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Run through the whole event to make sure you know all the steps for going live and ending a broadcast. (It'll make you feel less nervous, too!) Check that your equipment is up-and-running in tip-top shape. Do one final pass over the topics you’ve outlined to ensure that it all makes sense.

Plan ahead so that you and your team make this dry run with enough time before the actual broadcast. This way, if anything is not working correctly (your camera, mic, or the platform itself), you'll have time to fix it or find a replacement.

Lastly, make sure to have a backup! Have a friend’s phone nearby in case yours run out of battery (although, you should be plugged in for something like this) or freezes up. Have extra topics of conversation prepped ahead of time in case the ones you've planned aren't as engaging and conversation-provoking as you initially thought!

Branding in Live Broadcasts

Adding branded elements in your videos (logo, custom designs for name tags or titles, color palettes) is important to remind your audience that the content is yours – and that applies to your live streams as well!

These elements help with brand recognition and cohesion and elevate your broadcast from a simple, informal affair into something more professional and impactful. But you have to do it right.

You can design these visuals in any platform you feel comfortable with (like Photoshop or Canva) and add it to your Facebook or Instagram Live with the help of a platform like Be.Live or SwitcherGo.

Just remember: the focus of your live broadcast should be on your message — the visuals and branded elements are secondary (so make them pretty but subtle).

Here's a list of ideas about how your brand can take advantage of Facebook and Instagram Live:

  • Offer A Peek Behind-the Scenes (Dunkin’ Donuts)
  • Host A Debate (Grazia UK)
  • Hype Your Upcoming Event (Tough Mudder)
  • Share Exclusive Content (Tim Coppens)
  • Offer Freebies And Giveaways (J. Crew)
  • Launch A New Product (Chevrolet)
  • Show Off Your Humanity (Starbucks)
  • Show Fans How To Use Your Product (Benefit Cosmetics)
  • Partner With Another Brand (Martha Stewart)

Related Content: Why Is Instagram Hiding Likes (& What This Means for Social Media Marketers)

Don’t Forget the CTA!

Earlier, we discussed how important it is to have a solid goal before you make your broadcast. Here’s why: Including a call to action somewhere in your stream is the most direct way to make your audience take the next step you want them to take.

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Give them something to do! Point them to the new product that you’re unveiling and link to the landing page with more information about it. Invite your audience to subscribe to your newsletter to stay updated on the topic you were discussing. Whatever you choose to do, just make sure that you use all this engagement to your benefit. Otherwise, it’s just (fun, but) wasted effort.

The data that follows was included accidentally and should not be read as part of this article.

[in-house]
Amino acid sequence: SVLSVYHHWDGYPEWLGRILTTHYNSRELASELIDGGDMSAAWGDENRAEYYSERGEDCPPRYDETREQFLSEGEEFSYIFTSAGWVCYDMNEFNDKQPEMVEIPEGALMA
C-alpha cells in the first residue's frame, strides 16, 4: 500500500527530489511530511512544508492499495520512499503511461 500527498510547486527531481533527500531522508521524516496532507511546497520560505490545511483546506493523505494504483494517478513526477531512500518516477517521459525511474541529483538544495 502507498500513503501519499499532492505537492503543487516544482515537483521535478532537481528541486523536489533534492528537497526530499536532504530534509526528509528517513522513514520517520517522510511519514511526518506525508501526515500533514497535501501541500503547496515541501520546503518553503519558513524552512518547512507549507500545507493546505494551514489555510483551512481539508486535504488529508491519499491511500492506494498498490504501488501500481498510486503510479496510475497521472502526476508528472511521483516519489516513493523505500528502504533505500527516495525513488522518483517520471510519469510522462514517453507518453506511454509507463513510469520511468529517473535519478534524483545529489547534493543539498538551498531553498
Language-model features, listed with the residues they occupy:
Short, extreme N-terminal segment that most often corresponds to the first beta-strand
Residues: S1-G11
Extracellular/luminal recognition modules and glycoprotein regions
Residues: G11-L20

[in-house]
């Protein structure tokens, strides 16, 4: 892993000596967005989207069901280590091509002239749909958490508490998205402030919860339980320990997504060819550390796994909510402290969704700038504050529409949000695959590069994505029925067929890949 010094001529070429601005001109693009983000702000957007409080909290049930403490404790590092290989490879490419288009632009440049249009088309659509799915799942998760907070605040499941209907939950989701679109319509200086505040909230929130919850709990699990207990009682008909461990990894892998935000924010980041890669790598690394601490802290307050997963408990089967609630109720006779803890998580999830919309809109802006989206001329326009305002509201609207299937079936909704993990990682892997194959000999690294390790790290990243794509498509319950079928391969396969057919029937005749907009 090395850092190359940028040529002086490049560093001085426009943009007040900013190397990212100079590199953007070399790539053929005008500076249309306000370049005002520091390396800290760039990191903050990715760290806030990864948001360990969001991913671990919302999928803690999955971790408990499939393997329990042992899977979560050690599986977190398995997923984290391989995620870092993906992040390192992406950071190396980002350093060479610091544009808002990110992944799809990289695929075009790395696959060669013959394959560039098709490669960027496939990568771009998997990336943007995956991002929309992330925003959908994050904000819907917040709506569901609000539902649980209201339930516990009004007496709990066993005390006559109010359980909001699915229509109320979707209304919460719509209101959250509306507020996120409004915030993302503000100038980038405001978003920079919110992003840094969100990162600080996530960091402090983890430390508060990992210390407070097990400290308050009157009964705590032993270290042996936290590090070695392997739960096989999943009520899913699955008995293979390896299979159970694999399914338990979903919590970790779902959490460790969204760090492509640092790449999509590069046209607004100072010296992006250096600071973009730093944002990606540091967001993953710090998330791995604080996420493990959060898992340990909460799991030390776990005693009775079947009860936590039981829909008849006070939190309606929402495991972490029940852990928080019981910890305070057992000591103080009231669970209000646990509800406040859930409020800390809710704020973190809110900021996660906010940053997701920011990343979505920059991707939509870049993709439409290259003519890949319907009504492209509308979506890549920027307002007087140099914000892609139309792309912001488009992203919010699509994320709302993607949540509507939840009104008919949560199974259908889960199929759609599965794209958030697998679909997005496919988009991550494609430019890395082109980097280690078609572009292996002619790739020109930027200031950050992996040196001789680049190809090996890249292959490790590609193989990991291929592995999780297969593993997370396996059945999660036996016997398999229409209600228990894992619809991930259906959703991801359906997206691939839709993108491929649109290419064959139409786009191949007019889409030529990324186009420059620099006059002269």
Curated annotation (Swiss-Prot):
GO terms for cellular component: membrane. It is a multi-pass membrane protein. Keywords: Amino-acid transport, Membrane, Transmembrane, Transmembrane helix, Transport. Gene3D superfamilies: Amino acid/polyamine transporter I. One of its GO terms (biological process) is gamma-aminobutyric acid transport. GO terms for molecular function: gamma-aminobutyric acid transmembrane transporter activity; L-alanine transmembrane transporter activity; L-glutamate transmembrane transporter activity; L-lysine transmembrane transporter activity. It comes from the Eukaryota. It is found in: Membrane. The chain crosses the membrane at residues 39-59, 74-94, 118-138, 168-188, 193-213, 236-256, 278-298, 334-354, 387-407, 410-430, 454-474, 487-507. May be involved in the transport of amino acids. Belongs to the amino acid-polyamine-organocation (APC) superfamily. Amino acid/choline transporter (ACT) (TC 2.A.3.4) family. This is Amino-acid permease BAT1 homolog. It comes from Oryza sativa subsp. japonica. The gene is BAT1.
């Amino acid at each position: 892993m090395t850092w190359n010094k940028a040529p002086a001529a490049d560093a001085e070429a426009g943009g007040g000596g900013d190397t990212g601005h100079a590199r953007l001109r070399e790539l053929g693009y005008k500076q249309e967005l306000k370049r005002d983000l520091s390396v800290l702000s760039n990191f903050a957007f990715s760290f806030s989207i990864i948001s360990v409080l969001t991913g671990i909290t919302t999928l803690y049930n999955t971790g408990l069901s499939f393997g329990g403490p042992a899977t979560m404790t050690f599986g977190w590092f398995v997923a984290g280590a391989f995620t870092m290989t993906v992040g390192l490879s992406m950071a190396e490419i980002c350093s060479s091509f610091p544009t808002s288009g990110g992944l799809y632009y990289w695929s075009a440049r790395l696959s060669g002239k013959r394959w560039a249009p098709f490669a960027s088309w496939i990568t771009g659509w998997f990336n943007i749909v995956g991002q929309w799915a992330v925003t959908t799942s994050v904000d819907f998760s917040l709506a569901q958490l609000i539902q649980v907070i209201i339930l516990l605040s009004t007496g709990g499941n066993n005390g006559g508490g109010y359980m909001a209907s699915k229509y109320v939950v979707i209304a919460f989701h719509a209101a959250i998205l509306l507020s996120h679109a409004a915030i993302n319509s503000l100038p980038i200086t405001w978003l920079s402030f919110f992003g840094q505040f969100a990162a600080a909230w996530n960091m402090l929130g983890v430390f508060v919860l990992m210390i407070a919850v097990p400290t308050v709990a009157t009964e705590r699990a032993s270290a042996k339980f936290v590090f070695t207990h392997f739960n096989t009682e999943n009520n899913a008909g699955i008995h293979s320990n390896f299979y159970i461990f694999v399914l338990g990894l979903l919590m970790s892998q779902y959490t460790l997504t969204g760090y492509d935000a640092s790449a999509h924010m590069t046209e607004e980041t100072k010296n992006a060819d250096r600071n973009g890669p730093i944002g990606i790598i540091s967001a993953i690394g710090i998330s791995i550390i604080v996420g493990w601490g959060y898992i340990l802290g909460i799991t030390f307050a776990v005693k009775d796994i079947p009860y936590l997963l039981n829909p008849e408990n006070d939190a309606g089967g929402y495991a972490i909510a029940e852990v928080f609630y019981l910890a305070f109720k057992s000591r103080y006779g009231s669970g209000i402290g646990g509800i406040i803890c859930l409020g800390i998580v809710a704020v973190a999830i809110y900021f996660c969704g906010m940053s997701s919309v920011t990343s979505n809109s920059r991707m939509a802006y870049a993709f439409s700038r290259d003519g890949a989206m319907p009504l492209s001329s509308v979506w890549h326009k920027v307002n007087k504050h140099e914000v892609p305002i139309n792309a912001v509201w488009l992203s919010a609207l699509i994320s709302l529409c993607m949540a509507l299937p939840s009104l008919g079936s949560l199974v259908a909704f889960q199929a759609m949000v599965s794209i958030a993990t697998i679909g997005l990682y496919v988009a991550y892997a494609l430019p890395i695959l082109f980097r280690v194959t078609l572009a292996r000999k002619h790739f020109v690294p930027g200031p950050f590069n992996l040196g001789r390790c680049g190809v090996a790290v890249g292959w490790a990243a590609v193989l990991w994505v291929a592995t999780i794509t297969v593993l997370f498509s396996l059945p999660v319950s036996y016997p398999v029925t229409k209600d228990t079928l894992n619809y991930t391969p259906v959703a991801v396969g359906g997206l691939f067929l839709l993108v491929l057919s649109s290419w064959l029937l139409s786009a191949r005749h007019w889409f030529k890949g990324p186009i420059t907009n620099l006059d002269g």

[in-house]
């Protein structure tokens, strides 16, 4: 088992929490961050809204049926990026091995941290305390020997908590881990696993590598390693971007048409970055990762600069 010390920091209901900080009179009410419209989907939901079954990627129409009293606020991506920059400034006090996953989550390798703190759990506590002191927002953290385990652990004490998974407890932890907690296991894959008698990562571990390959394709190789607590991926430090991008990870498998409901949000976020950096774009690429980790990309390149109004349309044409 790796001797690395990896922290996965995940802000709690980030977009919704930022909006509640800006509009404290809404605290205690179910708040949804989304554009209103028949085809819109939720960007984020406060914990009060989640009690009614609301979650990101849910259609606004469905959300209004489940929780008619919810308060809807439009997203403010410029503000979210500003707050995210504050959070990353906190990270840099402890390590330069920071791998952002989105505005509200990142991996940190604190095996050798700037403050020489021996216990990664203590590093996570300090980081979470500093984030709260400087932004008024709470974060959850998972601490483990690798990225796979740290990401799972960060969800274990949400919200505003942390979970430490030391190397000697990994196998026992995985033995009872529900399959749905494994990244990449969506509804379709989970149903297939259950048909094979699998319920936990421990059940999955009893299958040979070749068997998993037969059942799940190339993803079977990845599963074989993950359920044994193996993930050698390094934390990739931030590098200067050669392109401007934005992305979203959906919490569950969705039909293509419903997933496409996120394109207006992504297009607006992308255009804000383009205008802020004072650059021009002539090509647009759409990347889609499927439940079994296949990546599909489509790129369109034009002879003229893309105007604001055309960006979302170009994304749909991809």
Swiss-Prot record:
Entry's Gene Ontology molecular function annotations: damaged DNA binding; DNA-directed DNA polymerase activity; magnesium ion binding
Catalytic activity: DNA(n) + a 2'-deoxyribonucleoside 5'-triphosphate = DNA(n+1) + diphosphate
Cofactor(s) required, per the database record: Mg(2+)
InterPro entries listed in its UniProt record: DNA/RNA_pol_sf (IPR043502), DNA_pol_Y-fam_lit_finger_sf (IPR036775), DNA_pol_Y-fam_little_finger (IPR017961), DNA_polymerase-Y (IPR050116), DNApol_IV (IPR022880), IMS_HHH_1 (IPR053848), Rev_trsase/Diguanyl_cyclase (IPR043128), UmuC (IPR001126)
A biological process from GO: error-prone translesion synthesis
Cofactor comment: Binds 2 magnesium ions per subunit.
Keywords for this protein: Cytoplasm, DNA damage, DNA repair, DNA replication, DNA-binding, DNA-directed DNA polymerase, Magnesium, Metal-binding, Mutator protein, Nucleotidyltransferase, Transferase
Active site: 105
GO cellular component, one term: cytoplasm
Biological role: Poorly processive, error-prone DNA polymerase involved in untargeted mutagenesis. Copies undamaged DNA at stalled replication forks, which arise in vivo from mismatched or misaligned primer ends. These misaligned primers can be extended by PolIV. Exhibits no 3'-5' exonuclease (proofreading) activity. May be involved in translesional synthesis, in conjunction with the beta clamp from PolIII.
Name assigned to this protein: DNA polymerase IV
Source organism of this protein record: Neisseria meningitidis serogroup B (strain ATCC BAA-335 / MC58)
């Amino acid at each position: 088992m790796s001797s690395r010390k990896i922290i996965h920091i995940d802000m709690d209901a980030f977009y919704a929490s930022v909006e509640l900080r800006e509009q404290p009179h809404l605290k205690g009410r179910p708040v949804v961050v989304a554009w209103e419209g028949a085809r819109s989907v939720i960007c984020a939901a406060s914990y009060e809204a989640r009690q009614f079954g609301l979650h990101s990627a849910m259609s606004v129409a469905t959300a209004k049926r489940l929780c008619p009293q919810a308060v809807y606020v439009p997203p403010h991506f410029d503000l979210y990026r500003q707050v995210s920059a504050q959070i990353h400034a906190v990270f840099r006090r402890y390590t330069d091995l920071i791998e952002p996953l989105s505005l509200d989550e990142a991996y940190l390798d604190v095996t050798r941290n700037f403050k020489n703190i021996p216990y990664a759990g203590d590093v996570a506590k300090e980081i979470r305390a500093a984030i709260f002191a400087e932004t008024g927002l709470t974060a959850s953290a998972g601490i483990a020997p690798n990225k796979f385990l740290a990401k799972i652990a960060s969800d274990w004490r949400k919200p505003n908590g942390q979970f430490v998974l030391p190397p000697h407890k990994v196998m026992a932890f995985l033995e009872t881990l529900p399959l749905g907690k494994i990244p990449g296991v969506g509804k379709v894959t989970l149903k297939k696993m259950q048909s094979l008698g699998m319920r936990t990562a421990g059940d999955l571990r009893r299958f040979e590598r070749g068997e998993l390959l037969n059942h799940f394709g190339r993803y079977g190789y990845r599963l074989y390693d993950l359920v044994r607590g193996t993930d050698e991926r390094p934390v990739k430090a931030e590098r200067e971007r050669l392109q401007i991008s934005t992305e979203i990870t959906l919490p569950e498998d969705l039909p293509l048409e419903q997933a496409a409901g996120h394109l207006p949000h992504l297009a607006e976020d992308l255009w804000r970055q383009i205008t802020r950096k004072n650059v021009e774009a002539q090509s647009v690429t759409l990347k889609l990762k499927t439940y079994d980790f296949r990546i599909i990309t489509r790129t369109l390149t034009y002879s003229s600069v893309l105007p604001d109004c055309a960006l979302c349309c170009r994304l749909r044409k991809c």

You shouldn’t limit your CTAs to the end of your broadcast, either. In fact, you should be taking into account that some people are going to leave your live stream before it ends (don't be offended; that’s just the way social media works!).

So make sure that you include calls to action at different stages of your stream – a subtle one near the beginning, one somewhere in the middle (maybe with a break, depending on the nature and length of your stream), and a big one at the end. Remember: the people still there at the end of your stream will often be your most invested and motivated audience.

Related Content:

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Let’s Recap!

Live streaming is becoming the new favorite marketing tool for brands, and rightly so! It’s an exciting way to promote new products or services, address popular topics that are interesting for your audience, or just show behind-the-scenes moments that will engage your viewers and help them relate to your brand.

High-quality is essential in a live stream, and easier to achieve than you might think. More than fancy equipment, you need to have a strategy, plan ahead, and prepare contingencies for when things don't go your way. Other than that, practice and iteration make perfect!

Don't get me wrong; making a successful live broadcast is a very tricky and daunting endeavor. But the elements we’ve talked about today should help you make the whole process go more smoothly so that your brand can get closer to the right audience that's interested in your content.

So, get your camera (or smartphone) ready, find a quiet spot with good, natural light, and start speaking to your audience! It’ll be worth the effort.